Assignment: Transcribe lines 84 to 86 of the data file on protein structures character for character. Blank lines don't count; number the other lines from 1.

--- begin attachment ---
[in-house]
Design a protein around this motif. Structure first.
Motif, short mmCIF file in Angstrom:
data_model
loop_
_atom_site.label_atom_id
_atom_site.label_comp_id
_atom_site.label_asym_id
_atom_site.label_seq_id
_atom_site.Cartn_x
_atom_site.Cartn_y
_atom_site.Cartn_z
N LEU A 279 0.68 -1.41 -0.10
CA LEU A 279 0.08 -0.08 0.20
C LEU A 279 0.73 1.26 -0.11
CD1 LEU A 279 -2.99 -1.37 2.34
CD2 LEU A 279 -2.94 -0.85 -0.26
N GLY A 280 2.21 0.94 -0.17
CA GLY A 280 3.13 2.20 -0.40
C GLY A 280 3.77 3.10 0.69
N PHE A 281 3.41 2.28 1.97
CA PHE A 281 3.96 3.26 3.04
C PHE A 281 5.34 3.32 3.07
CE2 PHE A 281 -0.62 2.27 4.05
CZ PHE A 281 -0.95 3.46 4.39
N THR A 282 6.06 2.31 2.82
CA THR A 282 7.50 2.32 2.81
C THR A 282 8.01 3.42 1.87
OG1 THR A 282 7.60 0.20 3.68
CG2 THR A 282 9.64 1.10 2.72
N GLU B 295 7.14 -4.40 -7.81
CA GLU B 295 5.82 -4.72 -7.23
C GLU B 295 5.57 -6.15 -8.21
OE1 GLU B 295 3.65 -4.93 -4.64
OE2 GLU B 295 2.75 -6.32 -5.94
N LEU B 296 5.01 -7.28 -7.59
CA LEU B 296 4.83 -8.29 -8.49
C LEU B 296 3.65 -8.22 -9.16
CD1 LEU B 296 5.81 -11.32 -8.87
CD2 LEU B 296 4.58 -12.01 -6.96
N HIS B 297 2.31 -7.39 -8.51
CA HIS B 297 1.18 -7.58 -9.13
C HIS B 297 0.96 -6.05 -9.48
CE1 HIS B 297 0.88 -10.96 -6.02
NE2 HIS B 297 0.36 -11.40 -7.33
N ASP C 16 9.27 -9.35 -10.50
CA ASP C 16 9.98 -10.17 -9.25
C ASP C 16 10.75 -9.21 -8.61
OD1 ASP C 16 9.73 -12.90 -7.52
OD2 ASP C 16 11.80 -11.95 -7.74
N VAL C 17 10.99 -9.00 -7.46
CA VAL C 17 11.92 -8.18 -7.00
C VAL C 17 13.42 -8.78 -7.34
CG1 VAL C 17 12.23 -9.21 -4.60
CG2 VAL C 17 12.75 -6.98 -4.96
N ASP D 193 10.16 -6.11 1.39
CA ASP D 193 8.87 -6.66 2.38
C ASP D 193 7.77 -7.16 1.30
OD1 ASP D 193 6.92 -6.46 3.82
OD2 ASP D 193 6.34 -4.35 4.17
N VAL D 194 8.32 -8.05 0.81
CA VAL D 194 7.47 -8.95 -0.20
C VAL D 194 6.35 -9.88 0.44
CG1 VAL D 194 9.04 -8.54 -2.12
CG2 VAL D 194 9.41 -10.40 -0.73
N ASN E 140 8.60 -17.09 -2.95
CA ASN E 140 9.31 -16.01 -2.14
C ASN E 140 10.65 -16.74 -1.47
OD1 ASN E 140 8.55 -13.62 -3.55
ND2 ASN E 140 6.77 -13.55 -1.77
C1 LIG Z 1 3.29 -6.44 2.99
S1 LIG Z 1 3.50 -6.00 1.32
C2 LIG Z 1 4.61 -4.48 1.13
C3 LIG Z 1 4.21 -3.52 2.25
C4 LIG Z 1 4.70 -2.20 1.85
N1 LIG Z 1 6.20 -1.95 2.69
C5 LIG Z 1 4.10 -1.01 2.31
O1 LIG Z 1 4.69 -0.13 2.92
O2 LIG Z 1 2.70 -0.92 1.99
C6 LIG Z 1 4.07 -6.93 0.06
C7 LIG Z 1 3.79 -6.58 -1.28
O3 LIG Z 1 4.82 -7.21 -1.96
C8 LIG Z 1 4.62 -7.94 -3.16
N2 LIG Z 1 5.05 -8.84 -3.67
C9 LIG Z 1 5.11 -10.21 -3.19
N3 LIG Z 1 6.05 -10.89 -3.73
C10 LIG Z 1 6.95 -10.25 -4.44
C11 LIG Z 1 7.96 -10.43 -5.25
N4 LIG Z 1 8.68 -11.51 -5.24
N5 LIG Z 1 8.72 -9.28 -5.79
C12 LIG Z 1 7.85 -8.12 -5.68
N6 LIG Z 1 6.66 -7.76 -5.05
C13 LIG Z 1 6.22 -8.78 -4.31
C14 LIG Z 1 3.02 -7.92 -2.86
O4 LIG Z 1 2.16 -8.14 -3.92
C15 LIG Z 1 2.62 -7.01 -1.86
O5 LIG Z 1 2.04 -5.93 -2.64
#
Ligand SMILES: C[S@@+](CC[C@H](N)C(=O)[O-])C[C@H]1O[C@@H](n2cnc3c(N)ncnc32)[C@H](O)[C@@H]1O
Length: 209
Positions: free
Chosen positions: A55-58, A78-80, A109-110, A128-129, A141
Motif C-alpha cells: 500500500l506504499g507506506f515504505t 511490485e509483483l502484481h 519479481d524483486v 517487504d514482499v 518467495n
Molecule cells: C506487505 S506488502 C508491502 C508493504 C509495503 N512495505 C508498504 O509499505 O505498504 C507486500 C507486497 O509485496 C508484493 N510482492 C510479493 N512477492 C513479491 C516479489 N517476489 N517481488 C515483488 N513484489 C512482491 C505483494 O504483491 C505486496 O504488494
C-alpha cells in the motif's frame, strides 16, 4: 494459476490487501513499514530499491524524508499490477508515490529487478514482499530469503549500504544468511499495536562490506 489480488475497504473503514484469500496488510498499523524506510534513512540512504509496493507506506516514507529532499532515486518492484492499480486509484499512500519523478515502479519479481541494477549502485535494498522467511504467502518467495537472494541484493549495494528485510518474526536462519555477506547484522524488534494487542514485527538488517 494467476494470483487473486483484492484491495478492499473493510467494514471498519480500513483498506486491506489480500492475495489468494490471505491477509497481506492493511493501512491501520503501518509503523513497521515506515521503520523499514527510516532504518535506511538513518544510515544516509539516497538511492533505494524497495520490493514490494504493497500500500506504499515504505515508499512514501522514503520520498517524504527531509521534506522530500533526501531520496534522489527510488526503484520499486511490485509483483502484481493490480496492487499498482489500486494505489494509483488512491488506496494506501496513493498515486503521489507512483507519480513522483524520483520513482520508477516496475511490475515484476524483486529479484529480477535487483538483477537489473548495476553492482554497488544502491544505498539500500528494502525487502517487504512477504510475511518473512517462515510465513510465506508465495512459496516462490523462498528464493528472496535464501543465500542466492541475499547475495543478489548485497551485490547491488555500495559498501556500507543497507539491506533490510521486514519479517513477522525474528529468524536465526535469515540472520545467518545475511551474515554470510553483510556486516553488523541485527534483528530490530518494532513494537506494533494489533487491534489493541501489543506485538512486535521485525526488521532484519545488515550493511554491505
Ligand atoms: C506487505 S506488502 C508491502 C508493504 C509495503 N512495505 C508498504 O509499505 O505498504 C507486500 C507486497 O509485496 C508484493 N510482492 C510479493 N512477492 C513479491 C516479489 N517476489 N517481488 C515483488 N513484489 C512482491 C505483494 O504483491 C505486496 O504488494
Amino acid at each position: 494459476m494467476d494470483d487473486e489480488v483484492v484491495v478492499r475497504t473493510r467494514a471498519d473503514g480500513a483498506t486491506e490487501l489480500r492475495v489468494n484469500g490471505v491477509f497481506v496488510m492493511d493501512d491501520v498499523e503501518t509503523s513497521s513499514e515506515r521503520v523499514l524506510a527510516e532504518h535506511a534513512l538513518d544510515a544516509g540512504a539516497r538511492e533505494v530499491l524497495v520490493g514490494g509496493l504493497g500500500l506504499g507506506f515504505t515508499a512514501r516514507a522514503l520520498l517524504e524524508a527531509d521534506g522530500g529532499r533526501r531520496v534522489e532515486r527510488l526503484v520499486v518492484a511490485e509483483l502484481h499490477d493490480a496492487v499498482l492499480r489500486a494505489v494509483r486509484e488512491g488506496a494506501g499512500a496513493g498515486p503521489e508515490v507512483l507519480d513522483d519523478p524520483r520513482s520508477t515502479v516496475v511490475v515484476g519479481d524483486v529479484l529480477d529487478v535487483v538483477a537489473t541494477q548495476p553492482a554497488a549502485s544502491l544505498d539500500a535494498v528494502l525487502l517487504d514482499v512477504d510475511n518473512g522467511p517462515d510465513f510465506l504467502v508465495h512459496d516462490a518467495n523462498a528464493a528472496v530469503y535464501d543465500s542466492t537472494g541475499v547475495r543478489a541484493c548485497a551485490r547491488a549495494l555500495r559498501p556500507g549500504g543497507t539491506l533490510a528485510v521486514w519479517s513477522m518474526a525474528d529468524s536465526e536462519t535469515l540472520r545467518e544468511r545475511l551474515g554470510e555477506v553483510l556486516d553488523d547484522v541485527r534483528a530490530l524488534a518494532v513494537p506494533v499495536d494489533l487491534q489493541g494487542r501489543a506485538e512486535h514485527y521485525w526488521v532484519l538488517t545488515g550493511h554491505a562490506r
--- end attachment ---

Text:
N2 LIG Z 1 5.05 -8.84 -3.67
C9 LIG Z 1 5.11 -10.21 -3.19
N3 LIG Z 1 6.05 -10.89 -3.73